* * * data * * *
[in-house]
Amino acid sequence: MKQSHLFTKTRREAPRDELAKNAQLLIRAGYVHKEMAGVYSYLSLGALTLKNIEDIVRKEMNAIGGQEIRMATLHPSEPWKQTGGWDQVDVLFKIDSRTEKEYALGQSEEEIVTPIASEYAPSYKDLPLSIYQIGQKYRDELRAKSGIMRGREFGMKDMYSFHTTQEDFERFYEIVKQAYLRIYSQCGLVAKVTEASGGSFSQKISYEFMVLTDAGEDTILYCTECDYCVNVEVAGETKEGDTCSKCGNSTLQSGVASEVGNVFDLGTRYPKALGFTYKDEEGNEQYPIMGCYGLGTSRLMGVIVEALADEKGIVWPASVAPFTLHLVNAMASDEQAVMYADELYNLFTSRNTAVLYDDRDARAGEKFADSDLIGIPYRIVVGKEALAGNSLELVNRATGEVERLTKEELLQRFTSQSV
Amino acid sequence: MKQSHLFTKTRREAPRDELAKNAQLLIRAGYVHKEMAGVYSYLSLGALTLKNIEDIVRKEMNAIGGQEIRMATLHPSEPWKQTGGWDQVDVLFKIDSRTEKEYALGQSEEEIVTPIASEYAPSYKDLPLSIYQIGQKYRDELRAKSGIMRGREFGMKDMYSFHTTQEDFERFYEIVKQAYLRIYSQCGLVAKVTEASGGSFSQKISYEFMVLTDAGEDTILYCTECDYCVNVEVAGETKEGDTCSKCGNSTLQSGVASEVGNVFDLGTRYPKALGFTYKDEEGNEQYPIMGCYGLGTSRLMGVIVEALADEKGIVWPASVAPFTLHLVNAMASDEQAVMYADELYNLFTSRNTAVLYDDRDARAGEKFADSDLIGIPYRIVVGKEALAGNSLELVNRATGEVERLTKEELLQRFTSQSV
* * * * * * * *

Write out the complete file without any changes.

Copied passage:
[in-house]
Amino acid sequence: MKQSHLFTKTRREAPRDELAKNAQLLIRAGYVHKEMAGVYSYLSLGALTLKNIEDIVRKEMNAIGGQEIRMATLHPSEPWKQTGGWDQVDVLFKIDSRTEKEYALGQSEEEIVTPIASEYAPSYKDLPLSIYQIGQKYRDELRAKSGIMRGREFGMKDMYSFHTTQEDFERFYEIVKQAYLRIYSQCGLVAKVTEASGGSFSQKISYEFMVLTDAGEDTILYCTECDYCVNVEVAGETKEGDTCSKCGNSTLQSGVASEVGNVFDLGTRYPKALGFTYKDEEGNEQYPIMGCYGLGTSRLMGVIVEALADEKGIVWPASVAPFTLHLVNAMASDEQAVMYADELYNLFTSRNTAVLYDDRDARAGEKFADSDLIGIPYRIVVGKEALAGNSLELVNRATGEVERLTKEELLQRFTSQSV
Amino acid sequence: MKQSHLFTKTRREAPRDELAKNAQLLIRAGYVHKEMAGVYSYLSLGALTLKNIEDIVRKEMNAIGGQEIRMATLHPSEPWKQTGGWDQVDVLFKIDSRTEKEYALGQSEEEIVTPIASEYAPSYKDLPLSIYQIGQKYRDELRAKSGIMRGREFGMKDMYSFHTTQEDFERFYEIVKQAYLRIYSQCGLVAKVTEASGGSFSQKISYEFMVLTDAGEDTILYCTECDYCVNVEVAGETKEGDTCSKCGNSTLQSGVASEVGNVFDLGTRYPKALGFTYKDEEGNEQYPIMGCYGLGTSRLMGVIVEALADEKGIVWPASVAPFTLHLVNAMASDEQAVMYADELYNLFTSRNTAVLYDDRDARAGEKFADSDLIGIPYRIVVGKEALAGNSLELVNRATGEVERLTKEELLQRFTSQSV